Sign design project to cost nearly $250,000


Evanston aldermen later this year will be asked to spend “less than $250,000” to have a consultant develop a comprehensive design plan for directional and informational signs around town.

Staff gave an update on the selection process to a joint meeting of the Economic Development Committee and the Transportation and Parking Committee Wednesday night.

The committees last spring approved seeking a consultant to do the job.

Parking Manager Rickey Voss told the committees Wednesday that 11 firms had responded to the city’s request for proposals on the project and that that after a review of the proposals five were brought in for interviews last month.

Voss said one firm, which he declined to name, “stood out as being exceptionally qualified.”

He said that firm agreed to exceed the city’s goals for minority, women and Evanston business subcontracting, brought its proposal in under the proposed $250,000 budget and offered broad national experience in developing sign programs for communities of different size across the country.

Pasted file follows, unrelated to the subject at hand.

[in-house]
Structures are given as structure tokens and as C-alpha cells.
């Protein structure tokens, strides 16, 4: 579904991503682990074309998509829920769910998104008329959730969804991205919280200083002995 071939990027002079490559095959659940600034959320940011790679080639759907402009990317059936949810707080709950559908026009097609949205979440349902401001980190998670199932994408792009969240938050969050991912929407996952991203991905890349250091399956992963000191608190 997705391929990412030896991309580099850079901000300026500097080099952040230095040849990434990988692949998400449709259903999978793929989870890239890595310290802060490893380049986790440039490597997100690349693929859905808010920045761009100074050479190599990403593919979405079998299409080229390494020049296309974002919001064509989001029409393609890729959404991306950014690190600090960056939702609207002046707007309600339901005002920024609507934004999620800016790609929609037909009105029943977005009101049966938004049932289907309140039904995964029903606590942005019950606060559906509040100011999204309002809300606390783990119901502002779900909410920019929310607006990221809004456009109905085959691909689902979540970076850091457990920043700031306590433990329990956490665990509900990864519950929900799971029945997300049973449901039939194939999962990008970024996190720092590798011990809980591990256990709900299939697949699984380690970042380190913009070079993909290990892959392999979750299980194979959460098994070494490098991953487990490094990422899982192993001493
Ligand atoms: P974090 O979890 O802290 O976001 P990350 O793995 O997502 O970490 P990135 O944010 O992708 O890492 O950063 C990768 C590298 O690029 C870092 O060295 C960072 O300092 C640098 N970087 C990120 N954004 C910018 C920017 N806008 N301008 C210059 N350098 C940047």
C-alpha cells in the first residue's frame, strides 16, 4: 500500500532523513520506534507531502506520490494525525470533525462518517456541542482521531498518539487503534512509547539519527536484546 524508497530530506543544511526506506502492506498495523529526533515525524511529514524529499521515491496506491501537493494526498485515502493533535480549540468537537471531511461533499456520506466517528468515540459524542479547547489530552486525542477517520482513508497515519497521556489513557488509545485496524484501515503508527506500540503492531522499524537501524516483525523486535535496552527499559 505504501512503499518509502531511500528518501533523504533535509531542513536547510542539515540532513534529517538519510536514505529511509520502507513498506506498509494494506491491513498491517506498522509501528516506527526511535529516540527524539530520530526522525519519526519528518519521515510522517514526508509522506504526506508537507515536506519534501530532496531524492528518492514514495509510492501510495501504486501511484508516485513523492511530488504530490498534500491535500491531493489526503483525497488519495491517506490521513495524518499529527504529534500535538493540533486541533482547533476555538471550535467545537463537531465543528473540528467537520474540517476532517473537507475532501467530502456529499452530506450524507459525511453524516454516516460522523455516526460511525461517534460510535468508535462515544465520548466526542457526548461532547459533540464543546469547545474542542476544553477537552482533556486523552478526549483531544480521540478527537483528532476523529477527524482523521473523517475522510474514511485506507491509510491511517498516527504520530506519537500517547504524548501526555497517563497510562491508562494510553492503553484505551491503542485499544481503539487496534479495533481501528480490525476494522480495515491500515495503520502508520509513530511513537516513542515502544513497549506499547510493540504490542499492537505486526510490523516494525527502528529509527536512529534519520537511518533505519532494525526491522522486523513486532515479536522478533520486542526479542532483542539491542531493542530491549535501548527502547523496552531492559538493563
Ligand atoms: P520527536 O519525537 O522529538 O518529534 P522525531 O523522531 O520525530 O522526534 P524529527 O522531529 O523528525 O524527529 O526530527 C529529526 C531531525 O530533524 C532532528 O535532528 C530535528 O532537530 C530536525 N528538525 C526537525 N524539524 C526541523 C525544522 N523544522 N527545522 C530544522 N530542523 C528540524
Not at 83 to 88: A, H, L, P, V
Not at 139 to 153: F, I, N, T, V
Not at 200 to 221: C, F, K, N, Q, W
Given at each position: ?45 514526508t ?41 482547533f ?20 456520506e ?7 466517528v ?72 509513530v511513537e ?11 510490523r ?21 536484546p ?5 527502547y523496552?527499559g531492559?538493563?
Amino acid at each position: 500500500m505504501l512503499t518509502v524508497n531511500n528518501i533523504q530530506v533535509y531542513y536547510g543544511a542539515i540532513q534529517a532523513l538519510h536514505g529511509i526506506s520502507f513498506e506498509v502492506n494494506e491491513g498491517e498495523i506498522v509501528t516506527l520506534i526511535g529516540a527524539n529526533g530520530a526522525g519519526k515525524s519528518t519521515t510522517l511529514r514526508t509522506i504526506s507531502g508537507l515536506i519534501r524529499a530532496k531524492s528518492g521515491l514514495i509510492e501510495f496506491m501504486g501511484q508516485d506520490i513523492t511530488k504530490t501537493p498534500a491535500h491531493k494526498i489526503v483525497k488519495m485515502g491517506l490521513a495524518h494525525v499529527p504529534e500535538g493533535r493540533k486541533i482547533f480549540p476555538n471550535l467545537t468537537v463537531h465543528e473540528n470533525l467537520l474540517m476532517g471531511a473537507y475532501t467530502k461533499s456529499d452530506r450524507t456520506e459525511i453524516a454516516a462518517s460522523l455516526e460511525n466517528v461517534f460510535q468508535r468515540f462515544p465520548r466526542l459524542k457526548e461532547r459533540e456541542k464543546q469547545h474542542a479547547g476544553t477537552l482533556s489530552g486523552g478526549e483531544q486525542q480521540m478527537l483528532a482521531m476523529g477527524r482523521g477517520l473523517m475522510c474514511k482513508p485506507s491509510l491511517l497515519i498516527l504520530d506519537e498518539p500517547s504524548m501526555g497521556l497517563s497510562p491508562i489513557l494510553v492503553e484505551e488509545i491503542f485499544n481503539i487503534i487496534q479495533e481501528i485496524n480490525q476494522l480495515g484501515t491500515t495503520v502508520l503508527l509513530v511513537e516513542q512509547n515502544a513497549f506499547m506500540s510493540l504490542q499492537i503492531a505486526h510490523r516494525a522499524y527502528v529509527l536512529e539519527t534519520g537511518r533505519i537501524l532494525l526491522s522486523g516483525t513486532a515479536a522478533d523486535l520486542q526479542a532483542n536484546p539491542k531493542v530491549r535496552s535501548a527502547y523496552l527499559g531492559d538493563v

He said the firm also included an innovative plan to have high school students help with some of the project work — including mapping the location of existing signs.

City Planner Craig Sklenar said the design manual the consultants are to produce should be ready before the end of 2012, assuming the City Council approves the consultant’s contract at its December meeting.

Alderman Ann Rainey, 8th Ward, said she objected to the aldermen being given just one “recommended” proposal to review when voting on the project.

Community and Economic Development Director Steve Griffin responded that the staff could also provide proposals from the short list of five firms that made the initial cut.

Members of both committees have complained for years that Evanston lacks an attractive signage system to help direct residents and visitors to various destinations around the community.

Because of budget constraints, getting a new signage system completely installed across town is expected to take many years.

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